- A patient who presents with an abnormal growth on the urothelium but has not yet been diagnosed with bladder cancer.
- A patient with established bladder cancer of any grade, stages Ta or T1, with or without carcinoma in situ, who has not had prior intravesical therapy.
- A patient with carcinoma in situ or an aggressive cancer that has begun to penetrate the bladder wall, who has had at least one course of intravesical therapy.
Panel policy recommendations were categorized into three grades of flexibility as determined by the strength of the available evidence and the expected amount of variation in patient preferences. The three levels are standards, which have the least flexibility; guidelines, which have significantly more flexibility; and options, which have the most flexibility.
The guidelines panel recommended as a standard that physicians should discuss with all three types of index patients treatment alternatives and the benefits and risks of each alternative, including side effects. While the panel’s report states that the incidence of serious or life threatening side effects of any agent are low, all the agents have side effects, some in common and some unique to a particular agent.
For the index patient who presents to a physician with an abnormal growth on the urothelium but has not yet been diagnosed with bladder cancer, the panel recommends as a standard that a biopsy should be obtained for pathological analysis. Once a diagnosis of bladder cancer has been established, the panel recommends as a standard that complete eradication of all tumors should be performed if surgically feasible and if the patient’s medical condition permits.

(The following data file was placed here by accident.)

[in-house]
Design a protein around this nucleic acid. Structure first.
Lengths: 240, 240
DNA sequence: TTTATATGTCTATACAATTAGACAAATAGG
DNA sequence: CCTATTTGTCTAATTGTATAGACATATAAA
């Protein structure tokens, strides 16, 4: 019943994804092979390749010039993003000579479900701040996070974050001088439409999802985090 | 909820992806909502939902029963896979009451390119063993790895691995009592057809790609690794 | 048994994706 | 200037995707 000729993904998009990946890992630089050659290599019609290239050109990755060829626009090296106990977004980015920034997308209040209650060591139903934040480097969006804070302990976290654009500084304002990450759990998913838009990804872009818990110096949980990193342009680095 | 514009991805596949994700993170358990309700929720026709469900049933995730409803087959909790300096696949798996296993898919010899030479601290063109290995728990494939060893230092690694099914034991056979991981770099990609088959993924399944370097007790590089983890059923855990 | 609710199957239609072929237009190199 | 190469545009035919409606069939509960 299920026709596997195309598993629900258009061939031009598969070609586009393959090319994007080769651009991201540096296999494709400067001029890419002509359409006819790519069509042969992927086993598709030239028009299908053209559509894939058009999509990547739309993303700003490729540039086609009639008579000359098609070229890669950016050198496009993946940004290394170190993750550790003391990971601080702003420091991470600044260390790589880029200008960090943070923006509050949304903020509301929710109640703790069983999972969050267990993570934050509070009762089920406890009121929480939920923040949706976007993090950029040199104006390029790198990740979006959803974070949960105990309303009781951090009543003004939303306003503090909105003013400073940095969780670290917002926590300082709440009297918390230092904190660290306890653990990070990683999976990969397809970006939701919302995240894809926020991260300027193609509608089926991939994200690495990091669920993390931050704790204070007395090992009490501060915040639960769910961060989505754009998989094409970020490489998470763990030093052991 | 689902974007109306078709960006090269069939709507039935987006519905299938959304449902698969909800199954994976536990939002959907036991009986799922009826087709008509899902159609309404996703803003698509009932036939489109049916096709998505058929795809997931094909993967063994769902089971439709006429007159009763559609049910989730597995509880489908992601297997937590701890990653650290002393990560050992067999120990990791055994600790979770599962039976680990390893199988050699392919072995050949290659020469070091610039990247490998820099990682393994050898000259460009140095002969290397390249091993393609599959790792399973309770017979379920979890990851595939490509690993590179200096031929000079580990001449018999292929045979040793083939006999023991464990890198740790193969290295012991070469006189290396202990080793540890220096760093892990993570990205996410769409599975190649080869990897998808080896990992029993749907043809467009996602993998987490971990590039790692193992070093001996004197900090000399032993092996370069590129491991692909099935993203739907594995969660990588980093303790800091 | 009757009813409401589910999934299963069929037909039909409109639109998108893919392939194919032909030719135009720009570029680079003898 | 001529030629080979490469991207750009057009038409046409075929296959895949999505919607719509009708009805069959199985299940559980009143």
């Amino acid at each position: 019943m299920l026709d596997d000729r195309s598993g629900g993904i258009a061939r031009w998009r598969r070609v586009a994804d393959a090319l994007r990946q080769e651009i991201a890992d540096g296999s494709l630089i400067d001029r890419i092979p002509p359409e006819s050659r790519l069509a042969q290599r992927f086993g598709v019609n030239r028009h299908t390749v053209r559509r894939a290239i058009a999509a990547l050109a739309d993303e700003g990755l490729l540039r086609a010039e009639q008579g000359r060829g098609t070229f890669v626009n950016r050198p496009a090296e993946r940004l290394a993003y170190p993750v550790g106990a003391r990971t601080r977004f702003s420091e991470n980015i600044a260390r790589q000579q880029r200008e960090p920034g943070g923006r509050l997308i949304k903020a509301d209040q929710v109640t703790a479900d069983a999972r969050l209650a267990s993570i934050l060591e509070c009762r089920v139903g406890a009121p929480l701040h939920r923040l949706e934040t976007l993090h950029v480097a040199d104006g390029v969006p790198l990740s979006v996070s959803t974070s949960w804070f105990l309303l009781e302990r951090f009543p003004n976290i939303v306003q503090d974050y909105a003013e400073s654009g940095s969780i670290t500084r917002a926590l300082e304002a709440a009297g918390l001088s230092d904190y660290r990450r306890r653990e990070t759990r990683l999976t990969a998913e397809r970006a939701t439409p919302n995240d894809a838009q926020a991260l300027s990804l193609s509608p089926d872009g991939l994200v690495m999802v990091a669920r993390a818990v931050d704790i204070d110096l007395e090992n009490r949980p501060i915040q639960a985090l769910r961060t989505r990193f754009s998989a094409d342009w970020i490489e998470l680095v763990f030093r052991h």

The panel recommends adjuvant intravesical chemotherapy or immunotherapy as an option for treating this patient after endoscopic removal of low-grade bladder cancers because the outcomes data "show a decreased recurrence probability for all the intravesical therapies studied, compared to transurethral resection alone." However, based upon panel opinion, many patients with low- grade tumors do not require adjuvant intravesical therapy.
There is a low risk of disease progression in this group and little evidence that adjunct therapy affects the progression rate, according to the report.
Panel members did recommend, as a guideline, intravesical use of either BCG or mitomycin C for treatment of carcinoma in situ and for treatment after removal of tumors that have begun to penetrate the bladder wall and high-grade Ta tumors. This recommendation is "based on evidence from the literature and panel opinion that both BCG and mitomycin C are superior to doxorubicin or thiotepa for reducing recurrence of these tumors."
Because there is some risk of progression to muscle-invasive disease even after intravesical therapy, the report stated that, as an option, bladder removal may be considered as an initial treatment option in certain patients, based on several factors including large tumor size, high grade of tumor, and tumor location.
In patients with carcinoma in situ or high-grade tumors who have had at least one course of intravesical therapy, the panel report states that cystectomy (a surgical procedure to remove the bladder) and further intravesical therapy may be considered as options for cancers that have persisted or recurred.
In concluding its report, the AUA panel recommended several areas where further research is needed, including dose and frequency of agents used in adjuvant therapy; the probability of progression; the risk and significance of urothelial carcinoma outside the bladder, and the role of treatment regimens using alternative or combined drugs.